NEW YORK – Oil prices rose slightly Monday, enough to close above US$100 a barrel for the first time this year.
Investors are awaiting the first public comments from the new chairman of the U.S. Federal Reserve. Janet Yellen, who last week was confirmed in her role. She is scheduled to appear before the U.S. Congress on Tuesday and traders will be particularly interested to hear anything she says about the withdrawal of the Fed’s monetary stimulus.
The central bank has reined in its stimulus program, but recent jobs data have suggested that the U.S. economic recovery may not be as healthy as it seemed. The stimulus in its various guises has helped shore up a number of financial assets over the past few years, including oil prices.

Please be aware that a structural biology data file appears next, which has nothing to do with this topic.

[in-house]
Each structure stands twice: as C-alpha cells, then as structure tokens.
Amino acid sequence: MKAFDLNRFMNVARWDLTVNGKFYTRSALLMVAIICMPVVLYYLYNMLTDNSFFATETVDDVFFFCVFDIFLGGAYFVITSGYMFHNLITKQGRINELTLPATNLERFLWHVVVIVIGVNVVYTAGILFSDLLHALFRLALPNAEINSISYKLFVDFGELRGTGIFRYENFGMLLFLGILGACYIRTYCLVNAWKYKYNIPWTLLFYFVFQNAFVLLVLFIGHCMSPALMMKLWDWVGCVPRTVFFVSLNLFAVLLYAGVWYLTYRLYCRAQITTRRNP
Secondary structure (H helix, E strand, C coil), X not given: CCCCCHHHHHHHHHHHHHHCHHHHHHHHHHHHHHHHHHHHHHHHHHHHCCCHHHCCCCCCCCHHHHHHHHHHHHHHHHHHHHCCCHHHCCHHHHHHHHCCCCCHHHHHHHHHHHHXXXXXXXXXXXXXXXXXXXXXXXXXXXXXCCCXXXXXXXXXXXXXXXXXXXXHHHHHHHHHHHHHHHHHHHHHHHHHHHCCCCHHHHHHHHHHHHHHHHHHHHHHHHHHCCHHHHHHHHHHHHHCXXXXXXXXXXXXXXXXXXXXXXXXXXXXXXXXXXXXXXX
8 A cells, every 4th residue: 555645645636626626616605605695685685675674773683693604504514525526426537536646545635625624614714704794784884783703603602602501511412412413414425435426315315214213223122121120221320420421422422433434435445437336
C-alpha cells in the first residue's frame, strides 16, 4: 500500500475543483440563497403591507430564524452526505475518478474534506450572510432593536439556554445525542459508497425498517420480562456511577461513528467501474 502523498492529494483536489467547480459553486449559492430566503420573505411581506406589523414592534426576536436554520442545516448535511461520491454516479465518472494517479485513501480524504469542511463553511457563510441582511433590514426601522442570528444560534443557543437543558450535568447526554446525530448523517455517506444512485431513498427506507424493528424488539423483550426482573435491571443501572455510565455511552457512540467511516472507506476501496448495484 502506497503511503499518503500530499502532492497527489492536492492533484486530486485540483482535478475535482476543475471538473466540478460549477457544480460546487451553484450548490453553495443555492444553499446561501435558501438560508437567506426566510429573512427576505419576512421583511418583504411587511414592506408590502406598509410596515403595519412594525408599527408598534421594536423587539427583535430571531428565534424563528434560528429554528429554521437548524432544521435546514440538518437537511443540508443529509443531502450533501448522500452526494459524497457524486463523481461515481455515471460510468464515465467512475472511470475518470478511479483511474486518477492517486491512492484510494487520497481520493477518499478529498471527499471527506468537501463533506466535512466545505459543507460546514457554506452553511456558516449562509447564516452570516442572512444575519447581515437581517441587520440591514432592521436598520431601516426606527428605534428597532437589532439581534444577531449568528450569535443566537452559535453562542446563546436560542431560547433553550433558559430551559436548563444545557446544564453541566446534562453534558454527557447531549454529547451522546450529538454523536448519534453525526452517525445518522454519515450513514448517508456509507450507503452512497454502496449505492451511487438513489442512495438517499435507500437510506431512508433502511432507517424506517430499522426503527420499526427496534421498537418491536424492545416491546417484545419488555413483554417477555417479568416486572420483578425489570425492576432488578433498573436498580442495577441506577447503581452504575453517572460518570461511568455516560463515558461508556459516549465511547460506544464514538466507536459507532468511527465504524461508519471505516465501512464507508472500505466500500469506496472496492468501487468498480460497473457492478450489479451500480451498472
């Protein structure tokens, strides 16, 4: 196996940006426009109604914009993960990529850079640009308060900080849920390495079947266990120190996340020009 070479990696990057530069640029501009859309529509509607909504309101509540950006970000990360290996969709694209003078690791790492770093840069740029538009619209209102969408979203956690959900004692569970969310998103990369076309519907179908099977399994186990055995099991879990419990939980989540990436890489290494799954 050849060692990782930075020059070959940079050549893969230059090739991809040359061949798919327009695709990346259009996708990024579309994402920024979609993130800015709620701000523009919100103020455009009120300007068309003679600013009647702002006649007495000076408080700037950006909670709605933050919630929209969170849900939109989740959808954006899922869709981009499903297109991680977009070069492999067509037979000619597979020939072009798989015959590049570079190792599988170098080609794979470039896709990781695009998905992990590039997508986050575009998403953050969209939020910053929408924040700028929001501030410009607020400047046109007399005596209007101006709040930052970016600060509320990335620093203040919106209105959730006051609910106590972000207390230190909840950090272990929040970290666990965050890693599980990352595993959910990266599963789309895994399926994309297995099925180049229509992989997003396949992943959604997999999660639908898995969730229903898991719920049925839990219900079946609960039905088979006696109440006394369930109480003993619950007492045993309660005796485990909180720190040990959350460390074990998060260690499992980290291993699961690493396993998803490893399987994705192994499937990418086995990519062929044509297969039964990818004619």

Oil has been boosted recently by the frigid temperatures in many parts of the United States, which has boosted demand for heating oil. That support could be waning.
“The recent price prop of exceptionally cold temperature trends has quickly given way to forecasts for significant moderation, especially along the East coast,” Jim Ritterbusch, president of energy consultancy Ritterbusch and Associates, said in a note to clients.
Benchmark West Texas Intermediate crude for March gained 18 cents to close at US$100.06 a barrel on the New York Mercantile Exchange.
Elsewhere in oil markets, Brent crude, which is used to set prices for international varieties of crude, dropped 94 cents to US$108.63 a barrel on the ICE Futures exchange in London.
In other energy futures trading in New York, wholesale gasoline fell two cents to US$2.72 a U.S. gallon (3.79 litres) and heating oil shed five cents to US$2.99 a gallon.
Natural gas lost 20 cents to US$4.58 per 1,000 cubic feet. It has dropped 17.6 per cent since closing at a four-year high of US$5.56 on Jan. 29.